In my 30-plus years as a travel professional, I’ve been asked many questions about passports. The most common question is, “Do I need a passport for my trip?” Personally, I think every US Citizen should have a passport. I have seen too many people miss out on an amazing last-minute travel opportunity because they aren’t prepared. If you are over 16 years old, your passport book is good for 10 years from the time you get it, so the pro-rated cost is only about $15 per year. This is certainly an excellent value considering the authentic adventures that it makes available to you. While it can be somewhat laborious applying for your first passport, you can simply renew by mail every 10 years. How is a passport different from a passport card, and do I need a passport to travel to Canada or Mexico? Passport card example – from the website for US Passports and International Travel A passport is an internationally recognized travel document that verifies your identity and your citizenship. Only the US Department of State and US Embassies and Consulates have the authority to issue or verify US passports. Most foreign countries require a valid passport to enter and leave their borders. All US citizens traveling internationally by air must present a valid passport to reenter the US. To cross by land only into Canada or Mexico, you may use a less expensive passport card, but if you plan to get a passport card, why not go ahead and get the real thing? For more information on how to apply, read: http://travel.state.gov/content/passports/english/passports/apply.html Do I need a...

Should You Buy Travel Insurance for Your Next Trip?

These last several weeks, it has been heartbreaking to witness the devastation caused by Hurricanes Harvey, Irma and Maria across the Caribbean, southern Texas, and Florida. This hurricane season more than any other, I’ve been feeling prompted to write a post about whether you should purchase travel insurance for your next trip. People often ask me, Should I buy travel insurance for my vacation? My answer is almost always yes. Travel insurance protects the investment you have made for your luxury vacation or honeymoon from the unexpected. And trust me, after more than 30 years in the industry, I’ve been witness to a surprising array of difficult situations that my clients could not have foreseen. During an international trip, there are plenty of things that can go wrong, from severe weather or lost luggage, to an unexpected illness in the family or a missed airline connection. With so many variables and a handsome investment on the line, it is prudent to arrange for the convenience that travel protection provides. Damage caused by Hurricane Matthew in 2016 Fortunately, the majority of the time, you won’t have to use it. But here’s the thing: Emergencies happen when you least expect them. My clients who planned to honeymoon in the US Virgin Islands certainly did not plan for category 5 Hurricane Irma to play a part in their marriage celebrations. Thankfully, however, they were fully covered, so paying for a lavish, bespoke honeymoon in the Virgin Islands that they didn’t get to enjoy was NOT in the cards! In fact, as long as you purchase the insurance before a hurricane or tropical...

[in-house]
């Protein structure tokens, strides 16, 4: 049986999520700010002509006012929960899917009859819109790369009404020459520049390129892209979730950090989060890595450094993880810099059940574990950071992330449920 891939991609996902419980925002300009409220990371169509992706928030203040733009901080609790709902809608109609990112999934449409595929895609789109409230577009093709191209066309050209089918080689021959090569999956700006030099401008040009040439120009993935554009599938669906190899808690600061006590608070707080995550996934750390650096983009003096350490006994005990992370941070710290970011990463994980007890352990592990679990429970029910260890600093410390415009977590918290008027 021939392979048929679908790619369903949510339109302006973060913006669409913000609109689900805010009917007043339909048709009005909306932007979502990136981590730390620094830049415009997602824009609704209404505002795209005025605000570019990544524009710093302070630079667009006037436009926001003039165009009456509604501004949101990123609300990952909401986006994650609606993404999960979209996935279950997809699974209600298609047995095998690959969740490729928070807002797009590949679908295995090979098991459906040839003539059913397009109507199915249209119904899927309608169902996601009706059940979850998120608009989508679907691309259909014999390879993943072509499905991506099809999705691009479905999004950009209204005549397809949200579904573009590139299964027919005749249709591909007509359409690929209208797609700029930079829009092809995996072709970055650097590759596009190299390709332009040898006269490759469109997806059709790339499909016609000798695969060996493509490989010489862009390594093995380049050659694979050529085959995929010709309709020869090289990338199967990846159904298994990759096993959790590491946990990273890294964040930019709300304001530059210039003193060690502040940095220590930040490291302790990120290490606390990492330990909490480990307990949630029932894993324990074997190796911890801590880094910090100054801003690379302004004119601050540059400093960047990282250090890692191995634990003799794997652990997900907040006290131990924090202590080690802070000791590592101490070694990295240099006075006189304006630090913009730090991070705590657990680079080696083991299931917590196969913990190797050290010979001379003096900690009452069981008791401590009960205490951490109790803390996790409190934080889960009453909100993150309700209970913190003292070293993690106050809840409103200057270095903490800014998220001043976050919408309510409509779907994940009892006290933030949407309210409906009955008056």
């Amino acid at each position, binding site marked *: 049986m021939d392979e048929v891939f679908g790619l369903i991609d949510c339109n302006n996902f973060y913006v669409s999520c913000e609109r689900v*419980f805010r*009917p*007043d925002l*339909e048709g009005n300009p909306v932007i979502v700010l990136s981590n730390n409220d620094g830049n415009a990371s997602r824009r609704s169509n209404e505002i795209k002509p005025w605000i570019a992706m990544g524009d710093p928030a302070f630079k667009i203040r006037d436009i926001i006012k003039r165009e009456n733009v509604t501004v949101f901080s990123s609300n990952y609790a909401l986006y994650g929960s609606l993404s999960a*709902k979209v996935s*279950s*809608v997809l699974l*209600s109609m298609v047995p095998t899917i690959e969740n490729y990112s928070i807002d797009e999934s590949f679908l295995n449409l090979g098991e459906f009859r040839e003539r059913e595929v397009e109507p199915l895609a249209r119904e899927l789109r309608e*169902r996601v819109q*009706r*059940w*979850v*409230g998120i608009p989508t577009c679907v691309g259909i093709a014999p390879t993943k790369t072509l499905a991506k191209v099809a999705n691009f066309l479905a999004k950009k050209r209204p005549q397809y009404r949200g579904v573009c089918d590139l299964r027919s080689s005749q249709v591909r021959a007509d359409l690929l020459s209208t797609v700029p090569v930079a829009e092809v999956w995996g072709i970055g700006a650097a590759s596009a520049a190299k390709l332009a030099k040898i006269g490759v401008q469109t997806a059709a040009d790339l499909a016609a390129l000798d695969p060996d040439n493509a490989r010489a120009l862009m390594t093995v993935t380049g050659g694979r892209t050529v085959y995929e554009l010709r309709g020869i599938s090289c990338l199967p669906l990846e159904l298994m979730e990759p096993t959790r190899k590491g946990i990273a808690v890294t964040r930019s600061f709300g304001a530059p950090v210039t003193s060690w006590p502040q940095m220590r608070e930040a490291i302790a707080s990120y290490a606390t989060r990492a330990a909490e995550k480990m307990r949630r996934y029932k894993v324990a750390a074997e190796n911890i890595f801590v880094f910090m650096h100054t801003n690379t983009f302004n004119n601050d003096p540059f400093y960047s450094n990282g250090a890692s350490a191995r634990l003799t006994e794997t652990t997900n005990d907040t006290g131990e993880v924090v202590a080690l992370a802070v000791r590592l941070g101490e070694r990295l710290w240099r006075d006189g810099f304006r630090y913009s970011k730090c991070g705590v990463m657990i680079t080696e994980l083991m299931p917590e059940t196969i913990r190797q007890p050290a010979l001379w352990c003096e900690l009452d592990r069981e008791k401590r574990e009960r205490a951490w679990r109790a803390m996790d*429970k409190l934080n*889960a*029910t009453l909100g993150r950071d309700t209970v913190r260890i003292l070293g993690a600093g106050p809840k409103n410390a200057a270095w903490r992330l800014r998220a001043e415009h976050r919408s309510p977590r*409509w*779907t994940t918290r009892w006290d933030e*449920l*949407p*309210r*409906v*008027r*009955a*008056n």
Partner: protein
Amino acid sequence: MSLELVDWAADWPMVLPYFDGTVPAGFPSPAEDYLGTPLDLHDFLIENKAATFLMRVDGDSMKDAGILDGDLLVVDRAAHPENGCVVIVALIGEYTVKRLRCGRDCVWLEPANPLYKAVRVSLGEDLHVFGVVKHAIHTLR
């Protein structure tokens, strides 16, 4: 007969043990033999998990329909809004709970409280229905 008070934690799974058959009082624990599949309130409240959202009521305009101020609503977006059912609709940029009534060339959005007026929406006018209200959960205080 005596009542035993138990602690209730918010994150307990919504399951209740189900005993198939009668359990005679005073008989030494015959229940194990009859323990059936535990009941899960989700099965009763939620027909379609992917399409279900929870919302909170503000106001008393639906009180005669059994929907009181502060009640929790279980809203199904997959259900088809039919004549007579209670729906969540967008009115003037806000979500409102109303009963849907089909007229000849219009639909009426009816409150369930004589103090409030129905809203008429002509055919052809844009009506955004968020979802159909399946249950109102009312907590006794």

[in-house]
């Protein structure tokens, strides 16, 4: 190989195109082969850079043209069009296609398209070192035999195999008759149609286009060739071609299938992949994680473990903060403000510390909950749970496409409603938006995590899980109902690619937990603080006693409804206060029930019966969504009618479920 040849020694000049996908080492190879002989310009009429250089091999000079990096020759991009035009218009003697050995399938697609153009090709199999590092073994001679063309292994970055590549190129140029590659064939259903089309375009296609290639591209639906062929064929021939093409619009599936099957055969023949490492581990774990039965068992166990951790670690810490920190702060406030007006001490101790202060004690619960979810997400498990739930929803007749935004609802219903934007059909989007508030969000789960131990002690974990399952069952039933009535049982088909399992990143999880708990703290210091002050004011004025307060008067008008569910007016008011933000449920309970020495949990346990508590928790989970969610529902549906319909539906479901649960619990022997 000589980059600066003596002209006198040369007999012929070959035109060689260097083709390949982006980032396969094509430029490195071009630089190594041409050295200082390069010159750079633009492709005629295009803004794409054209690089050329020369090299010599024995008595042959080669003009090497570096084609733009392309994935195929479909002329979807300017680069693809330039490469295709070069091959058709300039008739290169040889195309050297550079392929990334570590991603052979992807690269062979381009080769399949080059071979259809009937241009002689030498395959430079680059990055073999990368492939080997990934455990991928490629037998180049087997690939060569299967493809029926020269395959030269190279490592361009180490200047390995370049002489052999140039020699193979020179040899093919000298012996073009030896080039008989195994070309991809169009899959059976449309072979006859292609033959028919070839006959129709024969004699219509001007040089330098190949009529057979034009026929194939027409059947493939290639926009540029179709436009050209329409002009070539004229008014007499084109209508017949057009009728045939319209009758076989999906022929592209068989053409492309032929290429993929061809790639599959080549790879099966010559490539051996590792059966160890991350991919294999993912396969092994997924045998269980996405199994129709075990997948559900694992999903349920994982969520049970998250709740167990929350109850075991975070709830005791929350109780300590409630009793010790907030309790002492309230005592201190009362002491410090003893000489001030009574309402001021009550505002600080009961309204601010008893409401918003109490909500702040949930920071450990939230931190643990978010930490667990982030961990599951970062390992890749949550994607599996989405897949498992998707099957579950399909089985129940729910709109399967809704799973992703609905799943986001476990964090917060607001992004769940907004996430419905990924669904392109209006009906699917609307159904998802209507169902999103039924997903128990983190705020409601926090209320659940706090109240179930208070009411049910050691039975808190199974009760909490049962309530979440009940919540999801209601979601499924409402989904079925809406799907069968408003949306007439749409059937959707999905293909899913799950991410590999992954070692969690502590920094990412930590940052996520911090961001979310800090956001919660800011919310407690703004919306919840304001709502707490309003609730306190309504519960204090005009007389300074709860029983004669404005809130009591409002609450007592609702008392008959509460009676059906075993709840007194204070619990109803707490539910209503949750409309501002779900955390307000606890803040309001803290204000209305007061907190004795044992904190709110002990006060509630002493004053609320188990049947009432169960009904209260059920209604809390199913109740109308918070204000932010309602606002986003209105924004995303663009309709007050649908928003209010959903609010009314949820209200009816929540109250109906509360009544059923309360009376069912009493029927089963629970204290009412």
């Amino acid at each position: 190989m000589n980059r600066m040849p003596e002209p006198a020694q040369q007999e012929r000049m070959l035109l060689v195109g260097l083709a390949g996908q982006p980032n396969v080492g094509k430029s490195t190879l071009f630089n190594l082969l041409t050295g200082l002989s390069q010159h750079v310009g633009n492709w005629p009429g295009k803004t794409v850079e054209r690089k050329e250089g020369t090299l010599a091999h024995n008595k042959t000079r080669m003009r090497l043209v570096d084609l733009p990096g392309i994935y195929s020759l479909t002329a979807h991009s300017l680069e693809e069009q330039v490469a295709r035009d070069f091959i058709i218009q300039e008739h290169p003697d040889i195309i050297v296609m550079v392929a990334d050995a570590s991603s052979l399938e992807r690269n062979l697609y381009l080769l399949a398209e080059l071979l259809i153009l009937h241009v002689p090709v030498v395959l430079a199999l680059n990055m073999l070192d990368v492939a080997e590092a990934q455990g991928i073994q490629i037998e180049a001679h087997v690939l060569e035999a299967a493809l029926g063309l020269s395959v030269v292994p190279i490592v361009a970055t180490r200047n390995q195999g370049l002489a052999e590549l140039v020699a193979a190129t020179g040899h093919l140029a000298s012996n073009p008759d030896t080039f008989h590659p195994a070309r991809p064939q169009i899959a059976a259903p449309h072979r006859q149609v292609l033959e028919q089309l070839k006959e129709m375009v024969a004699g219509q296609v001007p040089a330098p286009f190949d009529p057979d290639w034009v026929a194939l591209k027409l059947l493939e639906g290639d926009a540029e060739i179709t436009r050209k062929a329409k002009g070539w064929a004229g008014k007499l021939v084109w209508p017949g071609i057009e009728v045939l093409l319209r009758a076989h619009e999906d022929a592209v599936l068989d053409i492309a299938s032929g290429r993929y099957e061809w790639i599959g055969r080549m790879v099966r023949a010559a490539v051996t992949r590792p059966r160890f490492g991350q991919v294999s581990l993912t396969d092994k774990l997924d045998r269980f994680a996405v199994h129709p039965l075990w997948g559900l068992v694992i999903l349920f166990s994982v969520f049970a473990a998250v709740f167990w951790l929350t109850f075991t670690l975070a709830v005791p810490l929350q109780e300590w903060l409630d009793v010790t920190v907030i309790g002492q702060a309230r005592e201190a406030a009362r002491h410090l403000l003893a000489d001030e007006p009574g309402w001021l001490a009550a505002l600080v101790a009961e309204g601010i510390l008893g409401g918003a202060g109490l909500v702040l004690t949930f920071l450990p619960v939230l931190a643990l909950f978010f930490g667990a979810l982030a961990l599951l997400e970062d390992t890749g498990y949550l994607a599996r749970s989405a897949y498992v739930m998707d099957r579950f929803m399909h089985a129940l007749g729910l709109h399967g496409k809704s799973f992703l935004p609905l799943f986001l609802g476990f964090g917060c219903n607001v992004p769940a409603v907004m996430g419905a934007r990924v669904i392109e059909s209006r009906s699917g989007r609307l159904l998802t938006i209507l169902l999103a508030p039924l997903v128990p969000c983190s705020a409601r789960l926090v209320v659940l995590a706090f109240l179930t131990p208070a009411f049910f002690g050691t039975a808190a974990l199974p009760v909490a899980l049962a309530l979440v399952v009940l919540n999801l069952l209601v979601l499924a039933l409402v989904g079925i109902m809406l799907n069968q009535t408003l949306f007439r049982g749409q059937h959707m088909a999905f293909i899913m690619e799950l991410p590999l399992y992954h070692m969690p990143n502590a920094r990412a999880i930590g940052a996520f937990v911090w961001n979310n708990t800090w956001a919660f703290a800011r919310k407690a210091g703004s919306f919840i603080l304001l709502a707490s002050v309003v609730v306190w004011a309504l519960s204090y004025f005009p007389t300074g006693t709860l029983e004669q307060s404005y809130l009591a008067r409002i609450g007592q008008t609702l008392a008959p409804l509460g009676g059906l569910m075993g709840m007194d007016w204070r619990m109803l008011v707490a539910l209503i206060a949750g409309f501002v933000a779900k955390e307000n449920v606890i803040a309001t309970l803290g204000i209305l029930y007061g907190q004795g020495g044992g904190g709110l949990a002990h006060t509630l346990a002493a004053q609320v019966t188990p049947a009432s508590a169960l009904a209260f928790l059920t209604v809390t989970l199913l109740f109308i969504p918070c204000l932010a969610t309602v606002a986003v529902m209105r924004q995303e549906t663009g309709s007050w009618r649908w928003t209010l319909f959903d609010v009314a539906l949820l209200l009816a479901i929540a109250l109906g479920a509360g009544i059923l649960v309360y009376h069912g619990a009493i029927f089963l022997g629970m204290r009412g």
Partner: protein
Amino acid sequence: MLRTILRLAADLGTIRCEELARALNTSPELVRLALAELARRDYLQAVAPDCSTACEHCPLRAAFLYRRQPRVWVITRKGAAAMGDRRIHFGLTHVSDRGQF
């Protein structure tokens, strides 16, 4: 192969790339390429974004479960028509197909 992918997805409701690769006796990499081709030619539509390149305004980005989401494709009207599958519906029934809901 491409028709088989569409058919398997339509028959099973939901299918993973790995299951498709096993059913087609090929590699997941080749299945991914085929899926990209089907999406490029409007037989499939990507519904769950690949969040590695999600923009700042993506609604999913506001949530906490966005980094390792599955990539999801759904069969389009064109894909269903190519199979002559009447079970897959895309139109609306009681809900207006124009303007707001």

How to Catch Some Sleep on Your Next International Red-Eye Flight

Sleeping well on a long-distance flight is a skill that has taken me years to perfect, and only after much trial and error have I found a system that consistently works for me. Here are a few ways that my clients and I have shared with one another to make red-eye flights more conducive to productive rest. With a bit of extra planning, these tips can mean the difference between starting your next vacation abroad with vitality and eagerness, or lumbering through the early days after your arrival in a sleepy fog. ONE) Choose the latest departure times and the most direct flights. While crossing many time zones always poses its own sleep challenges, do your best to pick a flight time and schedule that will sync up most naturally with your sleeping and waking times. Leaving in the evening will work better than trying to get REM sleep at three in the afternoon. Air New Zealand Business Premier is available on 777-300 and 777-200 aircraft TWO) Dress in soft, warm clothing, and enclosed shoes. Even if you’re traveling to a tropical destination, the flight itself is often brisk. While the airline provides thin blankets to its clients, it’s wise to wear a light sweater over a short-sleeved shirt (so that you can easily add or remove layers, depending on the temperature), long, comfortable pants that reach to your ankles, and enclosed shoes. I’ve seen far too many travelers futilely attempt to cover both their arms and feet with the provided blankets. So plan ahead: The more comfortable you are, the more easily you’ll be able to slip into...